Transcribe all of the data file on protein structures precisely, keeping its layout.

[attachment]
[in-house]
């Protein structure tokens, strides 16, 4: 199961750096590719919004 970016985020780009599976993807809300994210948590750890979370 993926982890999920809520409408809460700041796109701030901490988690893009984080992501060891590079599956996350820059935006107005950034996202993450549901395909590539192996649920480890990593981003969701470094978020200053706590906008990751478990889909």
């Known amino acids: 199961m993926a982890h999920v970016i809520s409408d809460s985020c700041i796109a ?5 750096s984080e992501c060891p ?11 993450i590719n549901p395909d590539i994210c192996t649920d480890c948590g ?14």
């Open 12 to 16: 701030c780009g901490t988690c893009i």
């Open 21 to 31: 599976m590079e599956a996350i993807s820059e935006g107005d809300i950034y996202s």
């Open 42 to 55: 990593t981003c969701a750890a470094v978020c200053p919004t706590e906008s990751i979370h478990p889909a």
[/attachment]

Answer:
[in-house]
């Protein structure tokens, strides 16, 4: 199961750096590719919004 970016985020780009599976993807809300994210948590750890979370 993926982890999920809520409408809460700041796109701030901490988690893009984080992501060891590079599956996350820059935006107005950034996202993450549901395909590539192996649920480890990593981003969701470094978020200053706590906008990751478990889909």
């Known amino acids: 199961m993926a982890h999920v970016i809520s409408d809460s985020c700041i796109a ?5 750096s984080e992501c060891p ?11 993450i590719n549901p395909d590539i994210c192996t649920d480890c948590g ?14």
């Open 12 to 16: 701030c780009g901490t988690c893009i």
């Open 21 to 31: 599976m590079e599956a996350i993807s820059e935006g107005d809300i950034y996202s």
């Open 42 to 55: 990593t981003c969701a750890a470094v978020c200053p919004t706590e906008s990751i979370h478990p889909a």